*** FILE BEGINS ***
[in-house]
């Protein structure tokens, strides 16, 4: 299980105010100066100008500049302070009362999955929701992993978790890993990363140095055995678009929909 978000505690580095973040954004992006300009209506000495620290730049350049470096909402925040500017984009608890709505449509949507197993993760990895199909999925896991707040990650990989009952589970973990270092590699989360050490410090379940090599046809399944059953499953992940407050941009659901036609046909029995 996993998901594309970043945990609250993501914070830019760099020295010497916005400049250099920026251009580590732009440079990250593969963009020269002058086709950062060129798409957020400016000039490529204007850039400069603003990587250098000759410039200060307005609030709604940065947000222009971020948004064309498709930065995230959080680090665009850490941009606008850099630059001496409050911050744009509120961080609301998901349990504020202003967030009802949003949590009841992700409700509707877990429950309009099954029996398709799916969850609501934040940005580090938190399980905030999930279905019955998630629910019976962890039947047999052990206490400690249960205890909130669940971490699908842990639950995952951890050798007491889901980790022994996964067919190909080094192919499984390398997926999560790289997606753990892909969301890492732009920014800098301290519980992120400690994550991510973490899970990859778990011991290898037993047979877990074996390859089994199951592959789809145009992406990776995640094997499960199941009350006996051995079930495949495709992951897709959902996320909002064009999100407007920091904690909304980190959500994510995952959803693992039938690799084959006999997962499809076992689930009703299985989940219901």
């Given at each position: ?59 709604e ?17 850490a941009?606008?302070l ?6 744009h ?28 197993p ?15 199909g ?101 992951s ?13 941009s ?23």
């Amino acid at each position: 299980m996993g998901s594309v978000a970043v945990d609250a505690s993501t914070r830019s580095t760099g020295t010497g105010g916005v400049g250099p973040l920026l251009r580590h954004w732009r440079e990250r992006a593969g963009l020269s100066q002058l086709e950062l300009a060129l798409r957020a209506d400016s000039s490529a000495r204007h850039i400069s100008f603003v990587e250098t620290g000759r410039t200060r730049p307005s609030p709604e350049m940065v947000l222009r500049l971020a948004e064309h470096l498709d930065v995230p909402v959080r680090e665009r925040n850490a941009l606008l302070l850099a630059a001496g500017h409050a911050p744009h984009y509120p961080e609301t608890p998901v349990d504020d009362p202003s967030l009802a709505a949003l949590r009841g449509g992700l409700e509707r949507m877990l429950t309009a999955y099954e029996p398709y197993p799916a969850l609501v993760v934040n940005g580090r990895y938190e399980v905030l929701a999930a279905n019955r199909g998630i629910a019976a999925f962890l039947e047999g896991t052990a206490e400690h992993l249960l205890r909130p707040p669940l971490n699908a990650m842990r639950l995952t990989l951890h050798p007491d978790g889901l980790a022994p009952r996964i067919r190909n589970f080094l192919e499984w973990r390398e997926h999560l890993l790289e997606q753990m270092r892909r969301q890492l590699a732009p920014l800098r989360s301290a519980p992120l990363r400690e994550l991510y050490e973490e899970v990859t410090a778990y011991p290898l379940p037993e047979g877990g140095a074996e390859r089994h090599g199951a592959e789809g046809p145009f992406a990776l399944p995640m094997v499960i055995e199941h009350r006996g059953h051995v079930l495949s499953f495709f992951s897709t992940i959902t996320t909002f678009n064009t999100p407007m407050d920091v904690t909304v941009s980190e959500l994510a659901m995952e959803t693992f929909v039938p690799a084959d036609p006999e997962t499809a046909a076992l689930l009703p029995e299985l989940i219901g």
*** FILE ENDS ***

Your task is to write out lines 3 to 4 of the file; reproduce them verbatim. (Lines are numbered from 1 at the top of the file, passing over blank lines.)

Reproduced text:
């Given at each position: ?59 709604e ?17 850490a941009?606008?302070l ?6 744009h ?28 197993p ?15 199909g ?101 992951s ?13 941009s ?23």
């Amino acid at each position: 299980m996993g998901s594309v978000a970043v945990d609250a505690s993501t914070r830019s580095t760099g020295t010497g105010g916005v400049g250099p973040l920026l251009r580590h954004w732009r440079e990250r992006a593969g963009l020269s100066q002058l086709e950062l300009a060129l798409r957020a209506d400016s000039s490529a000495r204007h850039i400069s100008f603003v990587e250098t620290g000759r410039t200060r730049p307005s609030p709604e350049m940065v947000l222009r500049l971020a948004e064309h470096l498709d930065v995230p909402v959080r680090e665009r925040n850490a941009l606008l302070l850099a630059a001496g500017h409050a911050p744009h984009y509120p961080e609301t608890p998901v349990d504020d009362p202003s967030l009802a709505a949003l949590r009841g449509g992700l409700e509707r949507m877990l429950t309009a999955y099954e029996p398709y197993p799916a969850l609501v993760v934040n940005g580090r990895y938190e399980v905030l929701a999930a279905n019955r199909g998630i629910a019976a999925f962890l039947e047999g896991t052990a206490e400690h992993l249960l205890r909130p707040p669940l971490n699908a990650m842990r639950l995952t990989l951890h050798p007491d978790g889901l980790a022994p009952r996964i067919r190909n589970f080094l192919e499984w973990r390398e997926h999560l890993l790289e997606q753990m270092r892909r969301q890492l590699a732009p920014l800098r989360s301290a519980p992120l990363r400690e994550l991510y050490e973490e899970v990859t410090a778990y011991p290898l379940p037993e047979g877990g140095a074996e390859r089994h090599g199951a592959e789809g046809p145009f992406a990776l399944p995640m094997v499960i055995e199941h009350r006996g059953h051995v079930l495949s499953f495709f992951s897709t992940i959902t996320t909002f678009n064009t999100p407007m407050d920091v904690t909304v941009s980190e959500l994510a659901m995952e959803t693992f929909v039938p690799a084959d036609p006999e997962t499809a046909a076992l689930l009703p029995e299985l989940i219901g």